Volume 69 – June 30, 2014
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Astronauts are calling it their version of a "Star Trek" replicator and it has just completed a series of tests at NASA's Marshall Space Flight Center in Huntsville, Alabama. According to the results, the 3-D printer is ready to be launched to the International Space Station (ISS) later this year.
In-space additive manufacturing, or 3-D printing, has the potential to revolutionize every aspect of space exploration from printing small critical parts and tools to eventually building larger structures in space.
Once the 3-D printer is installed in the space station's Microgravity Science Glovebox, it will print an initial set of more than 20 demonstration parts, including a planned series of test coupons, parts and tools. The first set of prints will verify the printer and extrusion process in microgravity. By comparing Earth-based and space-based printed objects, NASA will continue to refine 3-D printing technologies for the unique microgravity environment.
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On June 23, 2014, CERN announced that LHC (the Large Hadron Collider) will start its second three-year run in 2015. The last LHC magnet interconnection was closed on June 18, 2014. On June 23, 2014, CERN also issued another press release with report of new Higgs boson measurements. Part of this news release follows:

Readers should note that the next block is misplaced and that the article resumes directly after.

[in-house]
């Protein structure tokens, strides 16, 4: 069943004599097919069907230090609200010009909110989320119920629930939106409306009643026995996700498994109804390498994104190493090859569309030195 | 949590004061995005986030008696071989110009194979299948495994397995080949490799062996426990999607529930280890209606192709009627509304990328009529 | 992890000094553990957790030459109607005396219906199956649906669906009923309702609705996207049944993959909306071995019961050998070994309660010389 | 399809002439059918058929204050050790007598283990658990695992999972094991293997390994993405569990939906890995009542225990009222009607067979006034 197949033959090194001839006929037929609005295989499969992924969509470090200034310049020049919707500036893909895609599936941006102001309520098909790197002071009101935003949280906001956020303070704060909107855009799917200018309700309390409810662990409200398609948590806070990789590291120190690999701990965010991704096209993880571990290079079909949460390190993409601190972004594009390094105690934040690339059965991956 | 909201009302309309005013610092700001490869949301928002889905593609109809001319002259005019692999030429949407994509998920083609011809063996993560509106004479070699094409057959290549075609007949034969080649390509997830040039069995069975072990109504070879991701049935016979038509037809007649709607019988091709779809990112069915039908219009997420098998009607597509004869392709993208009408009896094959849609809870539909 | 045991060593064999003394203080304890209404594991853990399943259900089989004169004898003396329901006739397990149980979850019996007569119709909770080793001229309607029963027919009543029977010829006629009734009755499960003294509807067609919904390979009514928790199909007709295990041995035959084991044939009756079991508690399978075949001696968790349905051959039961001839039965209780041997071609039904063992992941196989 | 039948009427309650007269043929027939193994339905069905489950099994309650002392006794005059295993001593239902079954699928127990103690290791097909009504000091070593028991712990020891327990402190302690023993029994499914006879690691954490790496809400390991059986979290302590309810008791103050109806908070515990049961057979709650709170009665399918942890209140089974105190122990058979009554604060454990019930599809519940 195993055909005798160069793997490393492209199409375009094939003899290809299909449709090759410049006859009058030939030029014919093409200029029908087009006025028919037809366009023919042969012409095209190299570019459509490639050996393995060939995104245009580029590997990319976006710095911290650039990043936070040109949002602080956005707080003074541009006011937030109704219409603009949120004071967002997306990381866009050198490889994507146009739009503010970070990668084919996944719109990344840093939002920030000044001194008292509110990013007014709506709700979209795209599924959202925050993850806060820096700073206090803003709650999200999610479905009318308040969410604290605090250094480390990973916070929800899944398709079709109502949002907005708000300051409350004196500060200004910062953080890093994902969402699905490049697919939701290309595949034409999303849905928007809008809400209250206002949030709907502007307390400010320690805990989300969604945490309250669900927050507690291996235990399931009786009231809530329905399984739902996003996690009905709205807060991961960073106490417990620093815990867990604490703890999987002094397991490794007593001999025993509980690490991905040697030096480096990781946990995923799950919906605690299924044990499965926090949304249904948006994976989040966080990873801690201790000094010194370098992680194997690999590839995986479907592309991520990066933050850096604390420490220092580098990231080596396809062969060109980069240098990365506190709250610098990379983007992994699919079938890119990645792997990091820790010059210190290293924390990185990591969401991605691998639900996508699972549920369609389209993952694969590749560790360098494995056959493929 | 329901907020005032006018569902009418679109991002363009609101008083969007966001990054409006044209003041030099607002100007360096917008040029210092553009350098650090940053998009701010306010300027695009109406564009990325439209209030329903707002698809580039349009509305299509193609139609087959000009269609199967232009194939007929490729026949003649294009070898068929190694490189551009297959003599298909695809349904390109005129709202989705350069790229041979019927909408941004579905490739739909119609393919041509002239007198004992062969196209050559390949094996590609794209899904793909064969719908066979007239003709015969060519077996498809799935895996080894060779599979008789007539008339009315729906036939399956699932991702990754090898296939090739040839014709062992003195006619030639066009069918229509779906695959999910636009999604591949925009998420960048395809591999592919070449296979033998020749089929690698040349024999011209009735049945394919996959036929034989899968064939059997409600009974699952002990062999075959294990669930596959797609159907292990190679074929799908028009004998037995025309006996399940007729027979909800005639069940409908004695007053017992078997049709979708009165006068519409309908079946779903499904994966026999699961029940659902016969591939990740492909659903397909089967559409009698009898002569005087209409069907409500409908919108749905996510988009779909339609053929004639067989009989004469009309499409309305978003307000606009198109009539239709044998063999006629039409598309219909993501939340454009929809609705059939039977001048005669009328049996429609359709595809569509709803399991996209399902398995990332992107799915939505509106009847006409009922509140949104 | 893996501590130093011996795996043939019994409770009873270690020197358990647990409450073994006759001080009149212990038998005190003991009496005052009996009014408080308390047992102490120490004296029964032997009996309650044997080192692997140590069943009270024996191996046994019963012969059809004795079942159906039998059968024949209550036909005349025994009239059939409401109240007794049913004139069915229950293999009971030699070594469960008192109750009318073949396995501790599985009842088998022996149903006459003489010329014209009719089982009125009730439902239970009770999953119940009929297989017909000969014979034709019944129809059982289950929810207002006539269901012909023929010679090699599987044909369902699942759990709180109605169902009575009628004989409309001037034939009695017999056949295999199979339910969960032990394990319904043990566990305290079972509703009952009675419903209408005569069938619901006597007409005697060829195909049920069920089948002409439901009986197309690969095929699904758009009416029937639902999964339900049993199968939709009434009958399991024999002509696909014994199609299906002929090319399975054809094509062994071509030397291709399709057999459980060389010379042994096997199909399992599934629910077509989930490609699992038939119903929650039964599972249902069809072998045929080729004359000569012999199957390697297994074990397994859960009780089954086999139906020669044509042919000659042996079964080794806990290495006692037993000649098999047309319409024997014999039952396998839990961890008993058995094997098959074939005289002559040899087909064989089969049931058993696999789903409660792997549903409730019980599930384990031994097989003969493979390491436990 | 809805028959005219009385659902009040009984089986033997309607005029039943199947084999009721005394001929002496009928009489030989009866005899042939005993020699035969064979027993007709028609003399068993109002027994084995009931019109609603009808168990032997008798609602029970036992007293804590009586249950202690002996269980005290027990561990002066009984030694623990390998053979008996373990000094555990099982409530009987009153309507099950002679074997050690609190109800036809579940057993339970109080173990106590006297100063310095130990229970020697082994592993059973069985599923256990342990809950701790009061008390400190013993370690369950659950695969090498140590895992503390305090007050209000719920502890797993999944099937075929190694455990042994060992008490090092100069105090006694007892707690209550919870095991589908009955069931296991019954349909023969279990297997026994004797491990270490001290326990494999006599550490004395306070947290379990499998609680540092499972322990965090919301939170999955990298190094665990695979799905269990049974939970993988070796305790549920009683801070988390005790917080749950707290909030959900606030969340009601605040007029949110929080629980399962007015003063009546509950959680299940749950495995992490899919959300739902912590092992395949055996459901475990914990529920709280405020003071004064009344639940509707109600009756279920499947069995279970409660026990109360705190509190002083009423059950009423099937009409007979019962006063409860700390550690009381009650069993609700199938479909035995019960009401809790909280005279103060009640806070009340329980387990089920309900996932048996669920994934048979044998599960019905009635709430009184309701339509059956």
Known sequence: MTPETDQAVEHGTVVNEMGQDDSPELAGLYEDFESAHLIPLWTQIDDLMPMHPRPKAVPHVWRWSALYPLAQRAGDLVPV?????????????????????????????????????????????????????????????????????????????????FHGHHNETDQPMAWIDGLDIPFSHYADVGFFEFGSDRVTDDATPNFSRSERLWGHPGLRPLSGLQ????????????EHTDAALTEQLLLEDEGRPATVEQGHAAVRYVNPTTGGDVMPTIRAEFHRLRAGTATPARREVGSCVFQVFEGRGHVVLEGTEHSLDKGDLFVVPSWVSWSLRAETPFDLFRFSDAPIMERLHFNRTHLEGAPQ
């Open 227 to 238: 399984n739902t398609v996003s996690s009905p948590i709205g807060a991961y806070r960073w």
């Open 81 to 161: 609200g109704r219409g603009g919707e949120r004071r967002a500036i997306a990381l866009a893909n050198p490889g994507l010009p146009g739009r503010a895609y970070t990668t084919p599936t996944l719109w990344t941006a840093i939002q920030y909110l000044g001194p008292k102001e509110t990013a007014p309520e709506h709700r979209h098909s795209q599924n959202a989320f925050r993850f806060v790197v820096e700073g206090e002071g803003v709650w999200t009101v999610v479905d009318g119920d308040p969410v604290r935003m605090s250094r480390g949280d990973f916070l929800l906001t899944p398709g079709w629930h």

"The Higgs boson is associated with a mechanism first put forward in 1964 to account for the different ranges of two fundamental forces of nature. Now referred to as BEH, this mechanism is postulated to give rise to the masses of all the fundamental particles. In order to test that ideal fully, it is necessary to measure the direct decay of the Higgs boson into all kinds of particles.
When the Higgs boson discovery was announced in 2012, it was based on measurements of the decay of the Higgs to other bosons. This month's results reported by ATLAS and CMS discuss the decay of Higgs bosons directly to fermions, the particles that make up matter.
The measurements from both have given substantial evidence that the Higgs boson decays directly to fermion at a rate consistent with that predicted by the Standard Model of particle physics,the theory that accounts for the fundamental particles of visible matter and the interactions that work between them, giving structure to matter."
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Beaming Video via Laser
"Hello, World!" came the message from the International Space Station as NASA successfully beamed high-definition video via laser from space to ground on Thursday, June 5, 2014. The 175-megabit video transmission was the first of its kind for the Optical Payload for Lasercomm Science (OPALS) with the goal of improving the way we receive data from orbit and beyond. In fact, this emerging technology of optical communications -or lasercomm- is likened to an upgrade from dial-up to DSL.
This technology demonstration furthers NASA's exploration of higher-bandwidth methods of communicating with future spacecraft. Optical communications tools like OPALS use focused laser energy to achieve data rates 10 to 1,000 times higher than current space communications, which rely on radio portions of the electromagnetic spectrum.
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My Dream of Stars: From Daughter of Iran to Space Pioneer: a book by Anousheh Ansari and Homer Hickam.
In her memoir, Anousheh recalls her long path to success and to achieving her dream. To learn more about the book, please visit: http://www.anoushehansari.com/book/
To find a book signing, please check the upcoming appearances section of this newsletter.
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